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An unbundled network element (UNE) is a part of a telecommunications network that incumbent local exchange carriers (ILECs) are required to offer on an unbundled basis under the U.S. Telecommunications Act of 1996.
Because new entrants to the telecommunications market may not be able to duplicate the incumbent's local loop infrastructure, UNE allows them to use infrastructure built by the incumbent for competition in the telecommunications market.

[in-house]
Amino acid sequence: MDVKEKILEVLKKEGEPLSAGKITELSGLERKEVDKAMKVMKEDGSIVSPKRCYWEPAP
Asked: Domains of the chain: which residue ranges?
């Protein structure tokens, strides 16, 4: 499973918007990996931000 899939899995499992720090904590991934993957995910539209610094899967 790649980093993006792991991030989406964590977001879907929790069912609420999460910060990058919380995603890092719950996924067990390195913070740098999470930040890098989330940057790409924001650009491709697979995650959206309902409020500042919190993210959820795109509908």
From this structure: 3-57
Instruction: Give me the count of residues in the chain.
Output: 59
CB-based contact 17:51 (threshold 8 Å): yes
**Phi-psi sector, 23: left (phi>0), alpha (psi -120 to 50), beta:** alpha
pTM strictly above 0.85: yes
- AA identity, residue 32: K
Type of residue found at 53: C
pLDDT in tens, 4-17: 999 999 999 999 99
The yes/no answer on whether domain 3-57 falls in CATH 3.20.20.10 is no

UNE gets its name from ILEC competitors, which are allowed to purchase network infrastructure, such as loops, switches and lines separately at a discount. This allows them to offer services without actually installing any of their own lines to customers. Based on the Telecommunications Act of 1996, the FCC could require local exchange carriers (LECs) to give UNEs at a cost-based price, which may include reasonable profit. The FCC has determined that cost means forward-looking economic cost and has required that states use a methodology called total element long run incremental cost (TELRIC) to determine an appropriate figure.